Brands: Gauge The Size Of Your Digital Commerce Prize
All brands need to be selling to and engaging with consumers online. The experiences of the 2020 pandemic have only accelerated consumers’ shift to digital touchpoints.
When it comes to brands’ digital commerce opportunity, it’s not “one size fits all.” So, where should brands focus their digital direct-to-consumer (DTC) efforts, and what will each yield in terms of digital sales, profitability, and customer relationships?
Some brands’ digital commerce strategy will prioritize direct-to-consumer sales across their own digital touchpoints; others will focus on building joint business partnerships with retailers to drive indirect digital sales. However, geographic region and branded product type will change the relevance and projected sales volumes and margins of each digital commerce touchpoint (whether a company’s own brand, marketplaces, or retail partners).
This updated report explains how brand leaders can identify their brand product type and understand regional differences in the digital commerce landscape to identify their brand’s digital commerce opportunity globally. Key takeaways from the research include:
- DTC digital commerce is not “one size fits all.” Brand type heavily dictates digital commerce opportunity. Forrester identifies four branded product types, which factor in how commoditized the product is and how frequently customers purchase it. Factors like product category and a brand’s dependence on existing retail partner sales relationships also impact the relevance of different digital commerce tactics.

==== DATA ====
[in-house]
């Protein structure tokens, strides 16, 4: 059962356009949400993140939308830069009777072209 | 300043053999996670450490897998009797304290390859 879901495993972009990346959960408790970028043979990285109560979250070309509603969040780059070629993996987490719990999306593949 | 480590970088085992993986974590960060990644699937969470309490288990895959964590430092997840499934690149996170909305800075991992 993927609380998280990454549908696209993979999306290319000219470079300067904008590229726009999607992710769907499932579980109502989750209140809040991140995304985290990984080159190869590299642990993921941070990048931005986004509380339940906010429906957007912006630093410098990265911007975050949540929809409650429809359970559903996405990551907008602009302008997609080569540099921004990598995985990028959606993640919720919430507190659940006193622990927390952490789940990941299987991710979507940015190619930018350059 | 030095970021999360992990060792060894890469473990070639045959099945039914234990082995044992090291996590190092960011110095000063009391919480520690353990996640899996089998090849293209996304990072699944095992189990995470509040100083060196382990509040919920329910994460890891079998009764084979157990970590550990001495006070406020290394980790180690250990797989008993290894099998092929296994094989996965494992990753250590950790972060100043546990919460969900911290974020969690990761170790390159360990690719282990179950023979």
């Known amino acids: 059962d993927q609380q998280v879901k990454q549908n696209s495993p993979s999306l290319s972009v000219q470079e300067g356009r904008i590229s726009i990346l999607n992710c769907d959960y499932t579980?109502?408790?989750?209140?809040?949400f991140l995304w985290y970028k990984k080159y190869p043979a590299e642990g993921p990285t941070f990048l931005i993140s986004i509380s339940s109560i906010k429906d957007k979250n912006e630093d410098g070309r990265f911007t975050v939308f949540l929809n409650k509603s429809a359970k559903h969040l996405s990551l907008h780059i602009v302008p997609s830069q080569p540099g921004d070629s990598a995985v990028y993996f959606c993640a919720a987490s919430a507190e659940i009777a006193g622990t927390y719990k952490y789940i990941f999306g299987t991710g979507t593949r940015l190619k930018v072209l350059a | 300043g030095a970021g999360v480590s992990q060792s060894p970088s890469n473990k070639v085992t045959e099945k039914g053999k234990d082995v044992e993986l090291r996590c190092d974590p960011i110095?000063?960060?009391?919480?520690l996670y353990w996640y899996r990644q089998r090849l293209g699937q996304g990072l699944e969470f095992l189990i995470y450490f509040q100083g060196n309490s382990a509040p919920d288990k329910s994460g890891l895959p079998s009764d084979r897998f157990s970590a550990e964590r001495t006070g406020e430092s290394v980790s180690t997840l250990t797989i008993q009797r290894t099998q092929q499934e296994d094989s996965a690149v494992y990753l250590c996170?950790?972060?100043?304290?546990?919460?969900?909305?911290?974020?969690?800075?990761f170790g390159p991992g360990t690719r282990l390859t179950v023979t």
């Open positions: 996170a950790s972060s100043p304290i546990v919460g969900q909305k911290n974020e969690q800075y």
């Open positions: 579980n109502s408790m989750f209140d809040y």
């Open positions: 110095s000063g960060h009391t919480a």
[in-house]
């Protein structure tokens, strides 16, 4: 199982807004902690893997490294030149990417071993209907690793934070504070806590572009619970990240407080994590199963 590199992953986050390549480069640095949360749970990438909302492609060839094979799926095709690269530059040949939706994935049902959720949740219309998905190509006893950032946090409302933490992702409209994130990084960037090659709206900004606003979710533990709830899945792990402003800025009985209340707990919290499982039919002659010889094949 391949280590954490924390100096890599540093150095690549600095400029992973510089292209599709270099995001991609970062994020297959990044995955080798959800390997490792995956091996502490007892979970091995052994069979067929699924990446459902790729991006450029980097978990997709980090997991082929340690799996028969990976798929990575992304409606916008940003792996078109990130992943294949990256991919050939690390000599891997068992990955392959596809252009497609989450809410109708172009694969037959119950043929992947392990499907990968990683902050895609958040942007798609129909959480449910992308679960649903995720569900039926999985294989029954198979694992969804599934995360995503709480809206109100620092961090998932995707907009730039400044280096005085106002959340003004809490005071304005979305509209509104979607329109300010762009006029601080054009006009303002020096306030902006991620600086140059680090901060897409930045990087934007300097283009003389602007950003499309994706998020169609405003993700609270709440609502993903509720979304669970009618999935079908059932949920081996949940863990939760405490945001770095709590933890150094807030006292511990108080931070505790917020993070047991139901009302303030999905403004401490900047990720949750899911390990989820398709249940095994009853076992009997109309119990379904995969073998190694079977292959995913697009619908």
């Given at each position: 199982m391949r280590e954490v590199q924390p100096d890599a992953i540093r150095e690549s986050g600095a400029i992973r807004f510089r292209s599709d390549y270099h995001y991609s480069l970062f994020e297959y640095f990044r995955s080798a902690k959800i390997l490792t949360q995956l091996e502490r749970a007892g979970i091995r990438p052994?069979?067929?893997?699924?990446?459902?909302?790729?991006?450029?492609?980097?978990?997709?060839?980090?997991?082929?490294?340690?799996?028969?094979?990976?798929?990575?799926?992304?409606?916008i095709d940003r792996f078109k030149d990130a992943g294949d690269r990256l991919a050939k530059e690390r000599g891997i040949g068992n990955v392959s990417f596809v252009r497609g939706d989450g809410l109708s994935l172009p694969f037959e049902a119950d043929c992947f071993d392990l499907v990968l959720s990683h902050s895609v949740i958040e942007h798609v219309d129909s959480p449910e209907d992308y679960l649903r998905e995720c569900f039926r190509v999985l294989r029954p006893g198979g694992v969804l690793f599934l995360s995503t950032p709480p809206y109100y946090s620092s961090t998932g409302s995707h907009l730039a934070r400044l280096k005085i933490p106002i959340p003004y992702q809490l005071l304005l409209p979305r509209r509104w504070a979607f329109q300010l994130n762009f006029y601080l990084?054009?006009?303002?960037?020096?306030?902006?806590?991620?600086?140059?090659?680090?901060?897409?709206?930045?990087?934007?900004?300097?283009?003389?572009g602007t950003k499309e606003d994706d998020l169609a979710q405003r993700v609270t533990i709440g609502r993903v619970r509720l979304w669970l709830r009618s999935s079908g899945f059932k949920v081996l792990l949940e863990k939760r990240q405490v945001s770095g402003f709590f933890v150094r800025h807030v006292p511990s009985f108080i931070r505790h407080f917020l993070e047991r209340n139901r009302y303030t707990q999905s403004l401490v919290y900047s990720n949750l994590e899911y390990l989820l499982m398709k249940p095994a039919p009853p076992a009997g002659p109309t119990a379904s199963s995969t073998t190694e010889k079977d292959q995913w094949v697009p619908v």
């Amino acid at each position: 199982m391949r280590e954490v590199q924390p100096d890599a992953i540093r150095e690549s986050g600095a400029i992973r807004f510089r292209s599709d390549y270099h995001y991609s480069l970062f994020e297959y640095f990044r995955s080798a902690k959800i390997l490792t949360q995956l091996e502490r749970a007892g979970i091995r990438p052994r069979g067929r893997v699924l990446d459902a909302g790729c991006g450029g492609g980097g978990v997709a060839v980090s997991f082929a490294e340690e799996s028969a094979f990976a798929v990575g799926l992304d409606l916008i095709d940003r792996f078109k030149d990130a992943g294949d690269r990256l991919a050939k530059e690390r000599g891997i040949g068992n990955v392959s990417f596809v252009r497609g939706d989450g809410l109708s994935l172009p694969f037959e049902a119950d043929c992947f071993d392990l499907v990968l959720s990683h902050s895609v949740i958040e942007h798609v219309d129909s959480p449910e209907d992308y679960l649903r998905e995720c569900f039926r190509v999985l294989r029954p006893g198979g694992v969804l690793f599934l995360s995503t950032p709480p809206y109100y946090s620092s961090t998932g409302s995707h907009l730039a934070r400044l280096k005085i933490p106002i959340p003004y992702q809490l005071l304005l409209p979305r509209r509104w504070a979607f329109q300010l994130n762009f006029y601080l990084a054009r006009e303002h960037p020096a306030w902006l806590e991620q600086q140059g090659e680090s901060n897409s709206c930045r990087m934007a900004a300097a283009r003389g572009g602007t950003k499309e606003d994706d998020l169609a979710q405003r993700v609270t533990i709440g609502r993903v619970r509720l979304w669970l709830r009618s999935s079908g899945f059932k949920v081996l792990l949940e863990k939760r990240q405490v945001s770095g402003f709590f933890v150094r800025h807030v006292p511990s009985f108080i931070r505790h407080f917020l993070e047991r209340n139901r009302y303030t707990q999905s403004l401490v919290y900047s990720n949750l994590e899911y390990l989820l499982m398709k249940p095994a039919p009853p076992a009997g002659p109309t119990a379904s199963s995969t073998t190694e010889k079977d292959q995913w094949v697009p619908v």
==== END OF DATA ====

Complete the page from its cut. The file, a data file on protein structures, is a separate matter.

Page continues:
- Regional differences in the commerce landscape must also be considered. To gauge the opportunity at stake, brands must factor in regional context to any global digital commerce strategy. Markets around the world vary significantly due to multiple factors, including the relative maturity of e-commerce, the proportion of consumers who regularly shop online, and device adoption.
- Most importantly, it’s not all about sales. Consumer insights, ongoing consumer engagement, and a platform for product testing and innovation are among the additional benefits that brands must factor in as they analyze what their digital investments will yield.